Many companies need to share personal data with other organisations. This might be reciprocal or one-way, it could be providing another company’s staff with access to your data for a specific purpose or several organisations pooling information and so on. This data sharing could be a regular activity or ad hoc.
Data protection law has never stopped you doing this, and GDPR is no different. You do however need to make sure your data sharing is lawful, fair and transparent and that you keep top of mind other core data protection principles.
- Do people know their data is being shared?
- Is it reasonable and ethical to share the personal data?
- Have you identified a lawful basis for the sharing?
- Are you limiting the data being shared to that which is necessary only?
- Is the data you are sharing accurate and up to date?
- Are you ensuring the personal data is shared by secure means?
In July the ICO published an updated draft Data Sharing Code of Practice (the original code dates back to 2011). This is open to consultation until 9th September.
It’s worth noting the scope of the code does not cover processors. The contractual requirements for Controller-Processor relationships are set out in Article 28 of the GDPR. Also see Getting your supplier contracts right
In the meantime, here are 10 tips:
- Necessity: Do you need to share personal data? Could the same objective be achieved in a different way? Could the data be anonymised?
- Data Minimisation: Carefully consider the types of personal data you are sharing. Is it strictly necessary to share all of these types, or does the other organisation only need a sub-set?
- DPIA: Consider whether your data sharing may fall under the mandatory requirement to conduct a Data Protection Impact Assessment. Even if it doesn’t, consider whether conducting a assessment might be a good thing to do anyway. The ICO’s draft code includes a list of questions you should consider when assessing the privacy impacts. What is a DPIA? When do you need to conduct one?
- Children: If you are considering sharing children’s personal data, you should proceed with extreme care. You need to assess how to protect children from the outset. If the data sharing might result in a high risk to their rights and freedoms, a DPIA will be required.
- Data Sharing Agreement: It’s good practice to ensure you have a data sharing agreement in place. This might be a separate agreement, or you may choose to include specific requirements, agreed between both parties surrounding data sharing practices, within other contractual terms. The draft code includes details of what such an agreement should look to cover.
- Lawful Basis: Clearly identify and document your lawful basis for sharing and make sure it meets the relevant conditions. For example, if you are relying on Legitimate Interests, have you conducted an assessment? See the DPN’s Guide to Legitimate Interests
- Transparency: Individuals should be provided with information about how their data is used. This is particularly important when you are sharing it with other parties.
- International Transfers: Is the personal data being shared with an organisation based outside the European Economic Area (EEA)? If so, for this to be compliant you need to ensure you have relevant safeguards in place to protect individuals and for the sharing to be lawful. See the ICO’s Guidance on International Transfers. There are implications if the UK leaves the European Union, as transfers of personal data from countries within the EEA to the UK will be subject to restrictions. See Brexit and implications for data protection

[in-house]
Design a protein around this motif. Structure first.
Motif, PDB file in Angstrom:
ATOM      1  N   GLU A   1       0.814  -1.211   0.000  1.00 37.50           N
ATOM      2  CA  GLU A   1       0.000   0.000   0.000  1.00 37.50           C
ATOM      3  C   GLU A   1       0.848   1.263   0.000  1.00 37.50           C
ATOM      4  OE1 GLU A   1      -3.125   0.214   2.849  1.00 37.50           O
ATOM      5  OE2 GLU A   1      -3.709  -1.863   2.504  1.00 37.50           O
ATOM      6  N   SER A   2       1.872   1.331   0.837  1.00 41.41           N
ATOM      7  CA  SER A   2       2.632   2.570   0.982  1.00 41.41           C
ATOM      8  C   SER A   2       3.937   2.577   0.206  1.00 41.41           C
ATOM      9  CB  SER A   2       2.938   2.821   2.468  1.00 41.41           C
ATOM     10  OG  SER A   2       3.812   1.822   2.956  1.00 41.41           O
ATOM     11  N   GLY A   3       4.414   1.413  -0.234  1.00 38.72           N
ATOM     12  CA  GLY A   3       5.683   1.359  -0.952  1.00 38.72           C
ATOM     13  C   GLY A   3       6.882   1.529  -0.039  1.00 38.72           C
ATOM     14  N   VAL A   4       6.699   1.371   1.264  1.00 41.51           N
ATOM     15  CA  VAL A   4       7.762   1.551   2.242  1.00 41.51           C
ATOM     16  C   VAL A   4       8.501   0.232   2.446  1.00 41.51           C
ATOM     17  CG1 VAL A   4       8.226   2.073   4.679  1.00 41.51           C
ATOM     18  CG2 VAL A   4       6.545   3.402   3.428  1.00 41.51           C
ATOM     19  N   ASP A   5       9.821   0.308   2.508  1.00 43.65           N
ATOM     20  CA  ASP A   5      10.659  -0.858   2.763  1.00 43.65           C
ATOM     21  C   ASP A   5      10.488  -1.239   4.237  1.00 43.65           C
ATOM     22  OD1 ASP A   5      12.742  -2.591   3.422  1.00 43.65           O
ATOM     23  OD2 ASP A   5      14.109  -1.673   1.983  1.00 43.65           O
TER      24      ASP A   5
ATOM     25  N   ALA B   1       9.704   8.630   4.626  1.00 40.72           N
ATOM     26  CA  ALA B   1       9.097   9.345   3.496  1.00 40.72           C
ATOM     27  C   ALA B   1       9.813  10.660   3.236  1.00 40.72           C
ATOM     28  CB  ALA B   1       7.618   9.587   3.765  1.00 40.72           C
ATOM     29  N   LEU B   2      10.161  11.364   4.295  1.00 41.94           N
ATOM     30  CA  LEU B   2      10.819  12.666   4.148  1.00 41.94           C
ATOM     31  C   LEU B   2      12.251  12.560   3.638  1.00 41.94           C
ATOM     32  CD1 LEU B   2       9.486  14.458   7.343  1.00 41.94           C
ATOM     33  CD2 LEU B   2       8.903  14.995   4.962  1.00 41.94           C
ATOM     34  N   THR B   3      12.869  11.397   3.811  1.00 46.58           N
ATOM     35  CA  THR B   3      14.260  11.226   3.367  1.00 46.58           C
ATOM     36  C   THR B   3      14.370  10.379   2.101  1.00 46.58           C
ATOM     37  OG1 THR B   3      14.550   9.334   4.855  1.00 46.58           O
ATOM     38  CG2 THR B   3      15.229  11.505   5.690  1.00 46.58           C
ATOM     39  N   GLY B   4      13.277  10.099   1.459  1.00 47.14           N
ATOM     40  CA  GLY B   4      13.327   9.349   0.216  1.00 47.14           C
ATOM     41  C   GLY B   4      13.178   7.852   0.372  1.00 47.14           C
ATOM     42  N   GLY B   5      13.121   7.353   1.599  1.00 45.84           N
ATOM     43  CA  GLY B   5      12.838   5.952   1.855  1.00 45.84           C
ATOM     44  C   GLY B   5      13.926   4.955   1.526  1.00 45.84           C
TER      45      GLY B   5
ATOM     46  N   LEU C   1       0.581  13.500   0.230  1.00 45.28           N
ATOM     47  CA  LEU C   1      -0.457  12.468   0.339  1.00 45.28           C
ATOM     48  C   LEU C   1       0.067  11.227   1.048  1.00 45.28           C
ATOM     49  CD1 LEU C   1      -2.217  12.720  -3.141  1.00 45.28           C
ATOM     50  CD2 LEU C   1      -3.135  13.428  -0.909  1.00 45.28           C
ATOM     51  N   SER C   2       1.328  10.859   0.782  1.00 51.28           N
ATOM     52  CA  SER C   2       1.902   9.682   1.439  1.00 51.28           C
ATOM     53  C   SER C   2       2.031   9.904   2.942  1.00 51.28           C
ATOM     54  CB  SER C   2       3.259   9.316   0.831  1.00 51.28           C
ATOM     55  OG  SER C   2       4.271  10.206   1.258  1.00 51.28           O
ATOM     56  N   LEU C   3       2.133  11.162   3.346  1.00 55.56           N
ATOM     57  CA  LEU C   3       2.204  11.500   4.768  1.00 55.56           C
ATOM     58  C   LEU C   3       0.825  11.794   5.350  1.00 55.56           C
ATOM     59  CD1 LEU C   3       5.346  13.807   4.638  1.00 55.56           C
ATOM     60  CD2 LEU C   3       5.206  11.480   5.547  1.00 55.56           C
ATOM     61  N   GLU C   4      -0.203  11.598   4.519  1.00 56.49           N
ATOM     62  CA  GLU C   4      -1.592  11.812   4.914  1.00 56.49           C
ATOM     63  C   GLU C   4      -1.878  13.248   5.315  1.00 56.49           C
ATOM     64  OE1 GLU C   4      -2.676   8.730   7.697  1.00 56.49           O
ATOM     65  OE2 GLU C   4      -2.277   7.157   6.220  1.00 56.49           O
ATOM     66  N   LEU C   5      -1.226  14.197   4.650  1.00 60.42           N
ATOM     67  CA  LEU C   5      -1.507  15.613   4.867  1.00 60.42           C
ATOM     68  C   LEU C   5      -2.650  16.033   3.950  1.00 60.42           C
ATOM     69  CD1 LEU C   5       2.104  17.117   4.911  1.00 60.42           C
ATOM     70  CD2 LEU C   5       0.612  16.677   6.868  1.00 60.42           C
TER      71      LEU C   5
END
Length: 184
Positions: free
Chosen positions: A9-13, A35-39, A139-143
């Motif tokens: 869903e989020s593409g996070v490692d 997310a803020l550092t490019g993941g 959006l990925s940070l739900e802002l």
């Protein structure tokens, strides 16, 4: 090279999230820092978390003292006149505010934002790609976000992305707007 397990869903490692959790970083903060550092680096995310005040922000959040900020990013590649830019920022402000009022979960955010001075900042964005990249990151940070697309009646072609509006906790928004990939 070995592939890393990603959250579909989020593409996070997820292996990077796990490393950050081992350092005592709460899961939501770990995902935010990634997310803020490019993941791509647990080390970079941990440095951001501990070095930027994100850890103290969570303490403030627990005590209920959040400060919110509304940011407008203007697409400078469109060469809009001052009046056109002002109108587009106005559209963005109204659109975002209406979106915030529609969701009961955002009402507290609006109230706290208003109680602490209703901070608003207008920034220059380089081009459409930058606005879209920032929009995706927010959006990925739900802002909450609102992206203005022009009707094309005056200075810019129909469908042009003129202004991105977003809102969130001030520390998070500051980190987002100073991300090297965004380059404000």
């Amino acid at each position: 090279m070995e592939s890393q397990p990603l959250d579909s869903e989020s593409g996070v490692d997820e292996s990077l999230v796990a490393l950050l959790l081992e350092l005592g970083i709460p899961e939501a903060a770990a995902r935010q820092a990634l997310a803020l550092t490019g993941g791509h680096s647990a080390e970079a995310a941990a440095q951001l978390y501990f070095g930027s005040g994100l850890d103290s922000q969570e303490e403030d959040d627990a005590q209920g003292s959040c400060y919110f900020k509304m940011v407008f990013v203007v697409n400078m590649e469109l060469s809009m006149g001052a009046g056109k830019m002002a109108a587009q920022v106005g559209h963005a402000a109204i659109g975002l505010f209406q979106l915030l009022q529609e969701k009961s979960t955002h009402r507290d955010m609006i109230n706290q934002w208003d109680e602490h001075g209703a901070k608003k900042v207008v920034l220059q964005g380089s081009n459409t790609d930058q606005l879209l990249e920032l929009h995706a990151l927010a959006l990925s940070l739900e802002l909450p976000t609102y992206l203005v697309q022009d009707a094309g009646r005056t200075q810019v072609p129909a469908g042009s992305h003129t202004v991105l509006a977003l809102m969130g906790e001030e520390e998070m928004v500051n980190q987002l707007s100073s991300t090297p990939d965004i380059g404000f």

- Information Security: You need to ensure you agree appropriate technical and organisational measures to ensure personal data is protected, both in transit and at rest. This includes secure transfer of /access to personal data and having procedures in place for dealing with a potential breach. The ICO’s draft code also states, ‘Organisations that you share data with take on their own legal responsibilities for the data, including its security. However, you should still take reasonable steps to ensure that the data you share will continue to be protected with adequate security by the recipient organisation.’
- In an Emergency: There have been post-GDPR enforcement stories about people scared they will be breaching data protection rules if they share personal data with paramedics and doctors. The message from the ICO is clear, “In an emergency you should go ahead and share data as is necessary and proportionate.”
A couple of other points to consider..
Mergers & Acquisitions
If you are engaged in a merger or acquisition or another change in your company’s structure, which means you will have to transfer data to a different organisation, it’s crucial to ensure you consider data sharing as part of your due diligence. It may be necessary to conduct a DPIA to assess the risks this transfer represents.
Data lists are frequently shared by data brokers, credit reference agencies, political parties and even marketing agencies. The ICO’s draft code makes clear the resonsiblitites, ‘You are responsible for compliance with the law for the data you receive, and for data that is shared on your behalf. You must make appropriate enquiries and checks in respect of the data, including its source and any consent given.’
The draft code is a lengthy document, and the above just represents an overview of some key considerations. At the DPN, we will keep abreast of the progress of the code from draft to final publication.
Philippa Donn, August 2019
The information provided and the opinions expressed in this document represent the views of the Data Protection Network. They do not constitute legal advice and cannot be construed as offering comprehensive guidance on the EU General Data Protection Regulation (GDPR) or other statutory measures referred to.